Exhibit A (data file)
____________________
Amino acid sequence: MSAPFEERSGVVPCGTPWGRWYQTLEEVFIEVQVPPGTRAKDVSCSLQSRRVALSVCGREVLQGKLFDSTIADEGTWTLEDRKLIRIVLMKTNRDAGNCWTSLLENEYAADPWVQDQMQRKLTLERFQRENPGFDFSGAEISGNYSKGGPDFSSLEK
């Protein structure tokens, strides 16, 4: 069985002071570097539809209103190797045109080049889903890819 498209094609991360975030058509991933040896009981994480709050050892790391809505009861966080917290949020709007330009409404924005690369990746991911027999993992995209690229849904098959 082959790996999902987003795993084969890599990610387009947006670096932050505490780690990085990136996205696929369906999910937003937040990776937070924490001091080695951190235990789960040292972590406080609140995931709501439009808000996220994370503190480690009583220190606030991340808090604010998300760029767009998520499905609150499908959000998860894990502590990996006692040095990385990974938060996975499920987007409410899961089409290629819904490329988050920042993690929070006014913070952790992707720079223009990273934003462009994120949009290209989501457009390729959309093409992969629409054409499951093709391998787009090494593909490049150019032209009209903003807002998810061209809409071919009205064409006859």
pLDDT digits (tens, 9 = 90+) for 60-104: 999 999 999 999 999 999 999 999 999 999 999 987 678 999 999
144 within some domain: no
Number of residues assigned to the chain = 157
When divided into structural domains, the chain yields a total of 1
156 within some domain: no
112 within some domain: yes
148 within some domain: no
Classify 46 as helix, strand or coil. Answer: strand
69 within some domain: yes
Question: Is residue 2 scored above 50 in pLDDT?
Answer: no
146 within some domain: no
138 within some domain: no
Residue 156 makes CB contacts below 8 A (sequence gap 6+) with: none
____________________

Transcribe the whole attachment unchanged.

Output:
Amino acid sequence: MSAPFEERSGVVPCGTPWGRWYQTLEEVFIEVQVPPGTRAKDVSCSLQSRRVALSVCGREVLQGKLFDSTIADEGTWTLEDRKLIRIVLMKTNRDAGNCWTSLLENEYAADPWVQDQMQRKLTLERFQRENPGFDFSGAEISGNYSKGGPDFSSLEK
């Protein structure tokens, strides 16, 4: 069985002071570097539809209103190797045109080049889903890819 498209094609991360975030058509991933040896009981994480709050050892790391809505009861966080917290949020709007330009409404924005690369990746991911027999993992995209690229849904098959 082959790996999902987003795993084969890599990610387009947006670096932050505490780690990085990136996205696929369906999910937003937040990776937070924490001091080695951190235990789960040292972590406080609140995931709501439009808000996220994370503190480690009583220190606030991340808090604010998300760029767009998520499905609150499908959000998860894990502590990996006692040095990385990974938060996975499920987007409410899961089409290629819904490329988050920042993690929070006014913070952790992707720079223009990273934003462009994120949009290209989501457009390729959309093409992969629409054409499951093709391998787009090494593909490049150019032209009209903003807002998810061209809409071919009205064409006859």
pLDDT digits (tens, 9 = 90+) for 60-104: 999 999 999 999 999 999 999 999 999 999 999 987 678 999 999
144 within some domain: no
Number of residues assigned to the chain = 157
When divided into structural domains, the chain yields a total of 1
156 within some domain: no
112 within some domain: yes
148 within some domain: no
Classify 46 as helix, strand or coil. Answer: strand
69 within some domain: yes
Question: Is residue 2 scored above 50 in pLDDT?
Answer: no
146 within some domain: no
138 within some domain: no
Residue 156 makes CB contacts below 8 A (sequence gap 6+) with: none